Scenario 3 (Scenario F): A soccer goalkeeper has been complaining of dominant leg quadriceps pain and tightness for several weeks. His initial visit to the athletic training room was without an assessment and he has been receiving treatment of moist heat and stretching prior to practice and games and ice after practice and games since then. After 3 weeks of daily heat, stretch and ice treatments, the athlete collapses after punting the ball in the second half of a game. He complains of significant dominant let quadriceps pain, and there is a visible and palpable defect in the muscle. This game was played outside, and it had been snowing for a short time. The ball was in play in the opposing teams half of the field for the majority of the game as well.
Scenario 4: A female gymnast has been working on a new skill on the balance beam which includes a back handspring. As a habit, she has always taped her wrists and ankles before and iced her wrists and ankles after each practice. After three weeks of practicing this skill she presents to the athletic training room with complaints of right wrist pain, and an inability to complete practice. She presents with significant redness and swelling over the right anterior wrist. She has pain and crepitus with active wrist flexion and passive wrist extension.
Scenario 5: A freshman female with no history of participation in crew has just walked-on to the team. She has participated in all training, practices and weight lifting activities. She has been into the athletic training room with complaints of low back pain, where she was assessed with a diagnosis of muscle strain. No diagnostic tests (x-rays or MRIs) were performed. She has been heating before practice and icing after practice, as well as performing basic low back exercises as part of a rehab program. She presents to the athletic training room during one practice with reports of a significant increase in her back pain. She reports that she was lifting a boat with a teammate when the teammate lost her grip, and the boat shifted significantly. They did not drop the boat, but worked quickly and in an awkward position to lower it to the ground. Upon evaluation she has significant paraspinal spasm, left more than right, and a left trunk shift. Diagnostic tests have not yet been performed.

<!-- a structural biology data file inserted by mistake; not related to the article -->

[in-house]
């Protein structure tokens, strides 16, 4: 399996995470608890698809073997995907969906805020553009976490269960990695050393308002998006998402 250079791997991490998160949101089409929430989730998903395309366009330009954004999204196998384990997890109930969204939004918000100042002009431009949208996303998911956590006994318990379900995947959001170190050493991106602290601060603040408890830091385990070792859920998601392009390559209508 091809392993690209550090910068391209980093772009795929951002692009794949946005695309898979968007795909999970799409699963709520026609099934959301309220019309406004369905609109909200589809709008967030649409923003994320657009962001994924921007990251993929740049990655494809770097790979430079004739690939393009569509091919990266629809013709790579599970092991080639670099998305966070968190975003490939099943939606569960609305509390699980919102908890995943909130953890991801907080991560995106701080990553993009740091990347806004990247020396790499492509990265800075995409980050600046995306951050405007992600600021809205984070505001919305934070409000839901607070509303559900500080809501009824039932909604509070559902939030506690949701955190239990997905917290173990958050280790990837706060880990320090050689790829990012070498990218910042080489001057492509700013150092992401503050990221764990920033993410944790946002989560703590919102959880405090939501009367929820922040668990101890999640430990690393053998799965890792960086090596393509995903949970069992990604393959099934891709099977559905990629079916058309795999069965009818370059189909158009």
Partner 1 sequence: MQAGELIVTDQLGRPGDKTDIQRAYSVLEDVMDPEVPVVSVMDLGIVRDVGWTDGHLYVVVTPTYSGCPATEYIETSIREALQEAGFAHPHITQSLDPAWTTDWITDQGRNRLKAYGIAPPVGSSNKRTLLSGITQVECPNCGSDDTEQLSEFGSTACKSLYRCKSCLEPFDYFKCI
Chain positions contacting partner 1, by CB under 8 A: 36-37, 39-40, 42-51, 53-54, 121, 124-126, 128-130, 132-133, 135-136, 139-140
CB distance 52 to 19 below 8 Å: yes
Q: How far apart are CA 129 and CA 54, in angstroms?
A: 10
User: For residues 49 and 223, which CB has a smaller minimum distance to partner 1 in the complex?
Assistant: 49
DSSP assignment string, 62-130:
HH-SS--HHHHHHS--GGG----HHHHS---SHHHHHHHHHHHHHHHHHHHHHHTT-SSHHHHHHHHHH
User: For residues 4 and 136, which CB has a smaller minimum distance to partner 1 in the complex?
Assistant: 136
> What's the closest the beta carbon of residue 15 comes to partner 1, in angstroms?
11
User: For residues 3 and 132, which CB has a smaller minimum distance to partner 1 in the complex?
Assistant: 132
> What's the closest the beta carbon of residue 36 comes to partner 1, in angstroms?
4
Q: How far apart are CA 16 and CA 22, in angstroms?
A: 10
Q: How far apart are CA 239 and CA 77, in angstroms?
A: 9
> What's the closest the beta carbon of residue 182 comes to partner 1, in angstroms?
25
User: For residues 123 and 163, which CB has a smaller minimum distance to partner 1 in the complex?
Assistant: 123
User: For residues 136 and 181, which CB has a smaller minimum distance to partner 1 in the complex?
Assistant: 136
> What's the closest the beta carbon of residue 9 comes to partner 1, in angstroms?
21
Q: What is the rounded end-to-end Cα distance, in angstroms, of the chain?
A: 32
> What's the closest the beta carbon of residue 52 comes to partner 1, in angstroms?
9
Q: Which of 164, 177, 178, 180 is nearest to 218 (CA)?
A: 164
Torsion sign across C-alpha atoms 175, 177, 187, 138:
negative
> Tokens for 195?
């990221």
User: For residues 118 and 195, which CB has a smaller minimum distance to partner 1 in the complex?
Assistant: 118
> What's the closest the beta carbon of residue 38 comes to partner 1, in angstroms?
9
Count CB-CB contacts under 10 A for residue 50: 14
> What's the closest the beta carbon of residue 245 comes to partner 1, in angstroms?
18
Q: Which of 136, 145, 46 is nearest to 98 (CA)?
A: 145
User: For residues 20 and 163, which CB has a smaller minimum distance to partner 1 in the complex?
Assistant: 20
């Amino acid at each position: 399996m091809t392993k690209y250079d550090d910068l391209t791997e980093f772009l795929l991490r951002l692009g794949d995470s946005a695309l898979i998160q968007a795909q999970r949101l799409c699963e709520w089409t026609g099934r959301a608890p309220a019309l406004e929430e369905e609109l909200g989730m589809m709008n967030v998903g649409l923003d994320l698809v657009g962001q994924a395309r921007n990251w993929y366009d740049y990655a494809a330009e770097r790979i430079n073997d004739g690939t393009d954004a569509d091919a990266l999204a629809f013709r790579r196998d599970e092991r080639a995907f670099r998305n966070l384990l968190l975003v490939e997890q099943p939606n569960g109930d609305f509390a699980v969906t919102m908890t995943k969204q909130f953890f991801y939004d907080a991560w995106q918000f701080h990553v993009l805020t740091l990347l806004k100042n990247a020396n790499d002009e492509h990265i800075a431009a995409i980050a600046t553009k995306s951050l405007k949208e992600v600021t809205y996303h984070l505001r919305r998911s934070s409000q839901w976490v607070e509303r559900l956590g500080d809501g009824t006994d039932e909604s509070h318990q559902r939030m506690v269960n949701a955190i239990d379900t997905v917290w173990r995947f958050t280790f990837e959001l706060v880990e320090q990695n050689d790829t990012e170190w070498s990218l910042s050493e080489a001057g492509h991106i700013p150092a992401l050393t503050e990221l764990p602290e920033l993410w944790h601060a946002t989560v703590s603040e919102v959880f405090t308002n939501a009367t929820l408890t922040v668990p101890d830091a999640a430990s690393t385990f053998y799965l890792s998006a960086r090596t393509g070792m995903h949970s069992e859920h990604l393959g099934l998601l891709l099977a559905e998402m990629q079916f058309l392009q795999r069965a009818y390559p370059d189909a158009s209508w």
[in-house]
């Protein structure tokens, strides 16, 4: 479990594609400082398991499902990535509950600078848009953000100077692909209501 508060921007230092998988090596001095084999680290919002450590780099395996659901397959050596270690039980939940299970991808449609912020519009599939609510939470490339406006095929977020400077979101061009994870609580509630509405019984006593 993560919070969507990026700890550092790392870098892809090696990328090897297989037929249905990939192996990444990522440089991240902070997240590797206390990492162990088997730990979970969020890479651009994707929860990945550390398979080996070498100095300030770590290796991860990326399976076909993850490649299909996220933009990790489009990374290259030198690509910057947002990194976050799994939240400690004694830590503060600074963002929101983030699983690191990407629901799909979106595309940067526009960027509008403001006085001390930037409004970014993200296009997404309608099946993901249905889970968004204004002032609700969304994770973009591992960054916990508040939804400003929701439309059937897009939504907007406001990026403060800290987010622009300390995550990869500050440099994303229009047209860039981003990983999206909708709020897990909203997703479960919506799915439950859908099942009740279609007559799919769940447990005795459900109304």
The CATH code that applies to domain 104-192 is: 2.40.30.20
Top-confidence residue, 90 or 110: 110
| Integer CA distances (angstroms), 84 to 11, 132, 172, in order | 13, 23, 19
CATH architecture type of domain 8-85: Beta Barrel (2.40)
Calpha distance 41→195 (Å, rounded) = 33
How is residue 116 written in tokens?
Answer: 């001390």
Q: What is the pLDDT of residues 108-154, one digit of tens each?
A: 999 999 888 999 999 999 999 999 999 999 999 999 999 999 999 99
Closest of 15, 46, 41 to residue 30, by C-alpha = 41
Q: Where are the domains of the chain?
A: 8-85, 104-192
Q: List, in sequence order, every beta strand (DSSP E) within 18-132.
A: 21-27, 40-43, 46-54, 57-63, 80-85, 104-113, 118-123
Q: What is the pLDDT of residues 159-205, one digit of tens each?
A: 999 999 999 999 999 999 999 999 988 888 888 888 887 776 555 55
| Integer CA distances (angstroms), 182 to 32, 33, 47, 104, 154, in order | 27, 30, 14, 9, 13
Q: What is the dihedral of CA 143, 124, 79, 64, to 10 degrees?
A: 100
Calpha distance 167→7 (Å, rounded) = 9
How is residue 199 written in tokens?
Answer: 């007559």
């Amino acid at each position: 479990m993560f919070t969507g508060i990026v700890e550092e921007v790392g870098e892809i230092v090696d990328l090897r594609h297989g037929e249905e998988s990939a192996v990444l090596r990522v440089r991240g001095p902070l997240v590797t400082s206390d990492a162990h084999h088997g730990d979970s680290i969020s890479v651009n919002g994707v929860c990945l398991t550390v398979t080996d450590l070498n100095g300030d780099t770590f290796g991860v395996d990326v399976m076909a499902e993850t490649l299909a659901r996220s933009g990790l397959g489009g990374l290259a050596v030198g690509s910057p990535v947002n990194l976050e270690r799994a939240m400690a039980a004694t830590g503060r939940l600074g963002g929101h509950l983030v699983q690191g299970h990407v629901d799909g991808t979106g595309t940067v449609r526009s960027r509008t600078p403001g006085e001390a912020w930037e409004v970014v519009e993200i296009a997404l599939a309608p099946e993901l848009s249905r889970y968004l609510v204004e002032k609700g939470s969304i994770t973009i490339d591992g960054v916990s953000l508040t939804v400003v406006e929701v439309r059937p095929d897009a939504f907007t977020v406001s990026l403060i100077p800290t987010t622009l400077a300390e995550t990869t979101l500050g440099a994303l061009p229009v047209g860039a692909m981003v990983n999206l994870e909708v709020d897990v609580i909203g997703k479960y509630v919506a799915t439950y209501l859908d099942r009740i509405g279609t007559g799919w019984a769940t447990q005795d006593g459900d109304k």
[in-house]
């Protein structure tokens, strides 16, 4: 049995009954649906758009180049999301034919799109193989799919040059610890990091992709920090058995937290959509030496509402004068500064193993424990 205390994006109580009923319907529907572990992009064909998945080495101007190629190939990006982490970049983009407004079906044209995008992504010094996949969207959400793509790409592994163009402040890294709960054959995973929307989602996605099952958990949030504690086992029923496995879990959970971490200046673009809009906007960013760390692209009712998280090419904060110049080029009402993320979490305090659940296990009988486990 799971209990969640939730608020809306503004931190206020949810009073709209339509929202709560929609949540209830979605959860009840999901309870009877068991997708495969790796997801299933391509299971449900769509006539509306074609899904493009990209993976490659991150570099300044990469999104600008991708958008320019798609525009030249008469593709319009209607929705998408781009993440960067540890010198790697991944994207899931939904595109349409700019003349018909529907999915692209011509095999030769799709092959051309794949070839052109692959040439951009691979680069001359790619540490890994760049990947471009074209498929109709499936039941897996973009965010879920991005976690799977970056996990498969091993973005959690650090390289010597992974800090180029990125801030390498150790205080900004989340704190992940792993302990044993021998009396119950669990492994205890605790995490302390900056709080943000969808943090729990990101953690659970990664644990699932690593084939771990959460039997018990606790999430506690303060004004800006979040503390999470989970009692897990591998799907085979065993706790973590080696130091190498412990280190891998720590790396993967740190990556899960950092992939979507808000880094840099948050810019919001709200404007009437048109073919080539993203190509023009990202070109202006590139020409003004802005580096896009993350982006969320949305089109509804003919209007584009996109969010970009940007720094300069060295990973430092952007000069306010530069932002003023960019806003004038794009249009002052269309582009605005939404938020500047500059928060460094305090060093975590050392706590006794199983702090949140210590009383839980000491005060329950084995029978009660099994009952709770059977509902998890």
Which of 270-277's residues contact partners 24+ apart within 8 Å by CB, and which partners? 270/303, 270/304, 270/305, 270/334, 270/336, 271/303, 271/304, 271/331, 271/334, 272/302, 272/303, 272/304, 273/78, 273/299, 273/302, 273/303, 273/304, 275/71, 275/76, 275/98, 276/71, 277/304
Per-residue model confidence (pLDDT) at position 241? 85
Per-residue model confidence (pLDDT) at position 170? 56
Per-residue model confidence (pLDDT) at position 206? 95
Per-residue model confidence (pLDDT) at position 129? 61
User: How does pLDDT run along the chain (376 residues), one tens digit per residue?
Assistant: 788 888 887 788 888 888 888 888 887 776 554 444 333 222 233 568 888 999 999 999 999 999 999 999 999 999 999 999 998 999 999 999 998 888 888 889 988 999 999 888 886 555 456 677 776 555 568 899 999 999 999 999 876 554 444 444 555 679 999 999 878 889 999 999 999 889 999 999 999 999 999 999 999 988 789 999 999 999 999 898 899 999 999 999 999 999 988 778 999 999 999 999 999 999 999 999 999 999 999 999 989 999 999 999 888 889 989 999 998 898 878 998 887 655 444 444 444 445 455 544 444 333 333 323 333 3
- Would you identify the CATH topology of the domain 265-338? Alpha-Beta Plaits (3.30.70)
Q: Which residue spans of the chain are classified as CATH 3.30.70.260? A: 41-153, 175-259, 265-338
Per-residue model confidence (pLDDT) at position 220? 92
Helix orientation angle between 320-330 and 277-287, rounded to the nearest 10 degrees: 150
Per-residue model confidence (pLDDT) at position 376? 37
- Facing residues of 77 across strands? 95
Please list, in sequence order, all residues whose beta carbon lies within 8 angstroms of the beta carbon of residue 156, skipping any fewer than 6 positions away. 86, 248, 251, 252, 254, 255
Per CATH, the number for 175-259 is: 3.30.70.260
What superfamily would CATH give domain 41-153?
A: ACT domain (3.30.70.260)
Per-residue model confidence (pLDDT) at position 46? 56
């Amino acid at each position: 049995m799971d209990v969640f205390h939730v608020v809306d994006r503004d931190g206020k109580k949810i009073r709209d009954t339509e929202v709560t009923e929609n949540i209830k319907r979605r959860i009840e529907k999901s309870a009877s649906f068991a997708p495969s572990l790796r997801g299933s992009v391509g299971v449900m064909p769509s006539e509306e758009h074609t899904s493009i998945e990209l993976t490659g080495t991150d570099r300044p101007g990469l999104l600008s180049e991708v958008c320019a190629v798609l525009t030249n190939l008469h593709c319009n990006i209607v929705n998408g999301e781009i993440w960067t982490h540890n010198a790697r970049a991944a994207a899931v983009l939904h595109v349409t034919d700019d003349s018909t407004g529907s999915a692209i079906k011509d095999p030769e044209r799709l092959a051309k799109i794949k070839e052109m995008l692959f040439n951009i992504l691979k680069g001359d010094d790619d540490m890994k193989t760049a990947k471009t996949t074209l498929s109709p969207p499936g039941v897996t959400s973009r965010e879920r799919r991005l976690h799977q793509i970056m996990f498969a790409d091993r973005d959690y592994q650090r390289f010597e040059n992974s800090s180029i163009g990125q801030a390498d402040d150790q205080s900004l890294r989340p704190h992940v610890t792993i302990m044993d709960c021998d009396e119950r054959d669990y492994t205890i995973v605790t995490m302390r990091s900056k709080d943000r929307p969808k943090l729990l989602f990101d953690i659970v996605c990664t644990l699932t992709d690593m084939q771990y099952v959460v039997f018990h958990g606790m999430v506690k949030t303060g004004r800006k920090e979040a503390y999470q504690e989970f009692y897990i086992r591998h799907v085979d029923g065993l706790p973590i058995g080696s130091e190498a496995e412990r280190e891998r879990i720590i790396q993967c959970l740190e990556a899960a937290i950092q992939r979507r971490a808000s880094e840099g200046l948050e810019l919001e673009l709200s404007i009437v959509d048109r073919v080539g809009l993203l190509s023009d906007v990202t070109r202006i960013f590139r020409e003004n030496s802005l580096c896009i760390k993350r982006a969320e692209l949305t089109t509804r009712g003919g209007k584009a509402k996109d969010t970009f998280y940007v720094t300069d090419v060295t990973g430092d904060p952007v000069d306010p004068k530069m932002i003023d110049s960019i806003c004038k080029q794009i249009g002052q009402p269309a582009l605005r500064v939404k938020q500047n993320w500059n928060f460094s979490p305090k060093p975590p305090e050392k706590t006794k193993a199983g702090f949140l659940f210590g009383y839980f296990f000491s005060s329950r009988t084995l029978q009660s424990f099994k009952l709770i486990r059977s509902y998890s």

Scenario 6a: A junior female softball player with a history of right biceps tendonitis her freshman year presents in midseason with complaints of right anterior shoulder pain. She pitches with her right arm. Evaluation demonstrated rotator cuff weakness, biceps weakness, a positive Speed's test and positive impingement test resulting in an assessment of biceps tendonitis. The athlete receives treatment and is placed on a rehabilitation program
Scenario 6b: This same softball player was compliant with her rehabilitation program, and performed exercises and received treatment daily for two weeks. She then returned to full participation. One week after this return to full participation the athlete fell on an outstretched right arm during softball practice. Physical assessment at the second visit, confirmed by MRI presents a diagnosis of right full thickness labral tear and biceps tear